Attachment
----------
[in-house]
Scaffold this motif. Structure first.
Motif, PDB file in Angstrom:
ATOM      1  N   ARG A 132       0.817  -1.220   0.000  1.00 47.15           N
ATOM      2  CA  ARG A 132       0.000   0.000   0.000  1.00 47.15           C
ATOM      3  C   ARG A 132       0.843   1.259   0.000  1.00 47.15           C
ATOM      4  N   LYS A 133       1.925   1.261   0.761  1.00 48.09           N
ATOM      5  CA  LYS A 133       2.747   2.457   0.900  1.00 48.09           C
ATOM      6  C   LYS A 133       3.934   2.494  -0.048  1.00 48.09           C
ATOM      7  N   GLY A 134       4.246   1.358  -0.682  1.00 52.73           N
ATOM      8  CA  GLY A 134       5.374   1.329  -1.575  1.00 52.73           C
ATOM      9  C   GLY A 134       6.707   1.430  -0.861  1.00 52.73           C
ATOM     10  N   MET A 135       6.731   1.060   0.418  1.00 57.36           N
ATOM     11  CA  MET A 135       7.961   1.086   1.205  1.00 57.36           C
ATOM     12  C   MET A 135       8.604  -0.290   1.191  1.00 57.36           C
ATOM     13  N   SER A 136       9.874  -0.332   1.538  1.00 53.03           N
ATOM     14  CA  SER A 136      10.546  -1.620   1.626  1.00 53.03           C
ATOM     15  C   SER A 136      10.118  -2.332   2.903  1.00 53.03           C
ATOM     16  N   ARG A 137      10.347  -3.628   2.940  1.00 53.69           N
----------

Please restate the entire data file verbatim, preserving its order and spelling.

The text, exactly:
[in-house]
Scaffold this motif. Structure first.
Motif, PDB file in Angstrom:
ATOM      1  N   ARG A 132       0.817  -1.220   0.000  1.00 47.15           N
ATOM      2  CA  ARG A 132       0.000   0.000   0.000  1.00 47.15           C
ATOM      3  C   ARG A 132       0.843   1.259   0.000  1.00 47.15           C
ATOM      4  N   LYS A 133       1.925   1.261   0.761  1.00 48.09           N
ATOM      5  CA  LYS A 133       2.747   2.457   0.900  1.00 48.09           C
ATOM      6  C   LYS A 133       3.934   2.494  -0.048  1.00 48.09           C
ATOM      7  N   GLY A 134       4.246   1.358  -0.682  1.00 52.73           N
ATOM      8  CA  GLY A 134       5.374   1.329  -1.575  1.00 52.73           C
ATOM      9  C   GLY A 134       6.707   1.430  -0.861  1.00 52.73           C
ATOM     10  N   MET A 135       6.731   1.060   0.418  1.00 57.36           N
ATOM     11  CA  MET A 135       7.961   1.086   1.205  1.00 57.36           C
ATOM     12  C   MET A 135       8.604  -0.290   1.191  1.00 57.36           C
ATOM     13  N   SER A 136       9.874  -0.332   1.538  1.00 53.03           N
ATOM     14  CA  SER A 136      10.546  -1.620   1.626  1.00 53.03           C
ATOM     15  C   SER A 136      10.118  -2.332   2.903  1.00 53.03           C
ATOM     16  N   ARG A 137      10.347  -3.628   2.940  1.00 53.69           N